5s

Going to University is daunting. Trying to organise your time between academic, social and professional opportunities is as difficult as nuclear fission for most of us. From personal experience every student blog, website article or helpful advice from those much older boils down to “Get Organised”. This mantra will follow you around but somehow no one ever told me how it is I should organise myself. What did help me are the 5s’s: Seiri, Seiton, Seiso, Seiketsu, and Shitsuke.

Background

Respectively they mean organisation, neatness, cleaning, standardisation and discipline. Underutilised and usually just applied to manufacturing line in the West, as opposed to personal philosophy of life in Japan, when understood and developed properly can be adapted to almost every environment including education and volunteering. The secret is that these values have both socio-historical and philosophical roots, after all in Japan it is a method used to improve lifestyle.

5s Breakdown

Seiri and Seiton– Organisation and neatness go hand in hand. For me, it primarily had to do with simplifying processes to reduce error. During my academic career this meant a detailed timetable where everything has outlined. It was about maximising efficiency and effectiveness of my study not how long I spent in the library. Everyone has a different approach to studying and what worked for me was a study buddy and knowing how long I can concentrate for. A ten minute break every hour and no more than 6 hours of study per day. In volunteering this applies to selecting volunteering opportunities which would be the most effective to what you are trying to achieve. It also means sacrifice. Like in University where you sometimes have to choose between social and academic life, so must you be selective in your volunteering. Finally, keep your desk at home tidy. Think of a chef’s mise en place, where all the utensils and ingredients are at hand. Prioritise between what you want and what you need.

Seiso– cleanliness does not just mean clean floors. There is an emphasis on cleanliness of mind; for example using someone else in your own self-interest would be considered unclean. It also denotes transparency in your actions. In education it can mean admitting your own problems, for example procrastination or social loafing. Remember that the University is no stranger to this. Speak to your personal tutor if in doubt. In volunteering it can be about honestly acknowledging limitations before applying and always be transparent if you are made a mistake or unsure how to proceed. Self-inspection to maintain a clean approach to life is an important skill to learn. Remember the old adage that “dust attracts dust”? Clean living can also include clean eating and exercise, neither of which need to cost a fortune.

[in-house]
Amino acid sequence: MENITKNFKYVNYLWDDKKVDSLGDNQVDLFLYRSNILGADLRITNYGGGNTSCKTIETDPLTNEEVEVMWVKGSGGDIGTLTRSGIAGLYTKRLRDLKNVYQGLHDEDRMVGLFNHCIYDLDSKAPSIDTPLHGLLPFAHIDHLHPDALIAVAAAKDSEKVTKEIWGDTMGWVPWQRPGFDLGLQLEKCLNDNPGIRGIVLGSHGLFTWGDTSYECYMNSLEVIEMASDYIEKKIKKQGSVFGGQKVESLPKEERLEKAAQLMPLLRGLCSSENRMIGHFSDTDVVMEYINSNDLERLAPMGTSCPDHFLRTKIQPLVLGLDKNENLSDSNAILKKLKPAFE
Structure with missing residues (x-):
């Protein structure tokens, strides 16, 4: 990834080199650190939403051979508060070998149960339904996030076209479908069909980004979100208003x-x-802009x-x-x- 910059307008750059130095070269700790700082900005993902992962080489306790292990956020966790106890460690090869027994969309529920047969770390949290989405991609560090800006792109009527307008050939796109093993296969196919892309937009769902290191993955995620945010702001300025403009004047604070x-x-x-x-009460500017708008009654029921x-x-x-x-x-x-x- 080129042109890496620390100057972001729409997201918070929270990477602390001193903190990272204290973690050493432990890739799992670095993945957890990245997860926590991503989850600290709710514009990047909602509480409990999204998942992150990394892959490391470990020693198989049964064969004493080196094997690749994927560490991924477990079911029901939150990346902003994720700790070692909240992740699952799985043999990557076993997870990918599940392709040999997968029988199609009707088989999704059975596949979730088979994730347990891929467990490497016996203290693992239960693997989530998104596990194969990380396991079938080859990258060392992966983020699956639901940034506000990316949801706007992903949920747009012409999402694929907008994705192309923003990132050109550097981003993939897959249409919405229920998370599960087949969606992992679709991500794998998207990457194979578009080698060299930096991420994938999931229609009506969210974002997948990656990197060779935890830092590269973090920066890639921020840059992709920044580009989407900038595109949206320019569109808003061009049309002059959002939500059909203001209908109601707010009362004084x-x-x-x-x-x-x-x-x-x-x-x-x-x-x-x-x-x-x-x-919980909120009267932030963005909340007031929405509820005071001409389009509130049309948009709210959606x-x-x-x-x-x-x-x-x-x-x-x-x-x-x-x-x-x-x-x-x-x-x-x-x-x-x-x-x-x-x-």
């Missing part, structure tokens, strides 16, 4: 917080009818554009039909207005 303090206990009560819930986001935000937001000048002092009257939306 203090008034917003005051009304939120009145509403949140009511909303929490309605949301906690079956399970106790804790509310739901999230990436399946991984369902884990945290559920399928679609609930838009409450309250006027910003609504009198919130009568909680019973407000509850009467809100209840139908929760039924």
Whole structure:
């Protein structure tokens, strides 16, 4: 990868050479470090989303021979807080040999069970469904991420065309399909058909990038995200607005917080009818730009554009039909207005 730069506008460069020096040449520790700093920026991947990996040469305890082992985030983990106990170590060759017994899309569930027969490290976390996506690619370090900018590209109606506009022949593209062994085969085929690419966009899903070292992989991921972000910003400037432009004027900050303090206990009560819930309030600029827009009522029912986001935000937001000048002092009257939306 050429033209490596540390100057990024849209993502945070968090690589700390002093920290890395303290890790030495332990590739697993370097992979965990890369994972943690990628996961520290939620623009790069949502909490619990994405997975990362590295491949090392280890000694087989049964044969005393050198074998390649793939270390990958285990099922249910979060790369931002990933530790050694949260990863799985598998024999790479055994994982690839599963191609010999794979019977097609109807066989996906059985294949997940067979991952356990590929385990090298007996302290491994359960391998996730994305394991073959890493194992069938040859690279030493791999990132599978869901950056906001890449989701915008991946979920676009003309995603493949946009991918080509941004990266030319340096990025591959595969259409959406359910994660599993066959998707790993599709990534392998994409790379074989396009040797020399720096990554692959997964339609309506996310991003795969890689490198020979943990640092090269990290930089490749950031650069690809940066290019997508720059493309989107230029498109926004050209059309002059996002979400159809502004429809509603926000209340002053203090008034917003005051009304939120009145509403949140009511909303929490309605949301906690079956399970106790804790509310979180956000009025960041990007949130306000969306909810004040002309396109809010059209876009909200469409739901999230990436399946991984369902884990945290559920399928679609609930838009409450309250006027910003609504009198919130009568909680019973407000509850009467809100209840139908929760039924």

Seiketsu– standardizing doesn’t just mean maintaining a standard, it is a continuous maintenance of the first three S’s. This is where hidden problems emerge that may have been dormant. The beauty of the 5s model is that it is continuous. If you hit a snag all your hard work isn’t wasted. Let us go back to procrastination, a plague of modern day students. It can take a lot of courage to be transparent about your flaws and ask for help but as soon as you can get the right advice you need the discipline to follow it. This brings us to the last S.

Shitsuke– Discipline.  Probably the hardest of all. Our pre-established behavioural patterns are a result of a lifelong pattern and dictating change isn’t going to change them automatically. A proactive change in behaviour across all levels of one’s being is required. Starting slowly and not trying to change overnight is the way to go. Volunteering is a great place to start. Not only are you committing to something but you will meet new people who will give you different outlooks on life.

Final Thoughts

For the 5s model to be successful it must not be the end goal itself. The main aim is to stimulate and shape techniques that improve personal functioning and growth. This is what helped me through my academic career.

The 5s model isn’t a tick system, it is a journey. If you want to learn more here is a good place to start:

Kobayashi, K., Fisher, R., & Gapp, R. (2008). Business improvement strategy or useful tool? Analysis of the application of the 5s concept in Japan, the UK and the US. Total Quality Management, Vol 19, 3, 245-262.

Gapp, R., Fisher, R., Kobayashi., K. (2008). Implementing 5s within a Japanese context: an integrated management system. Management Decision, Vol 46, 4, 565-579

 

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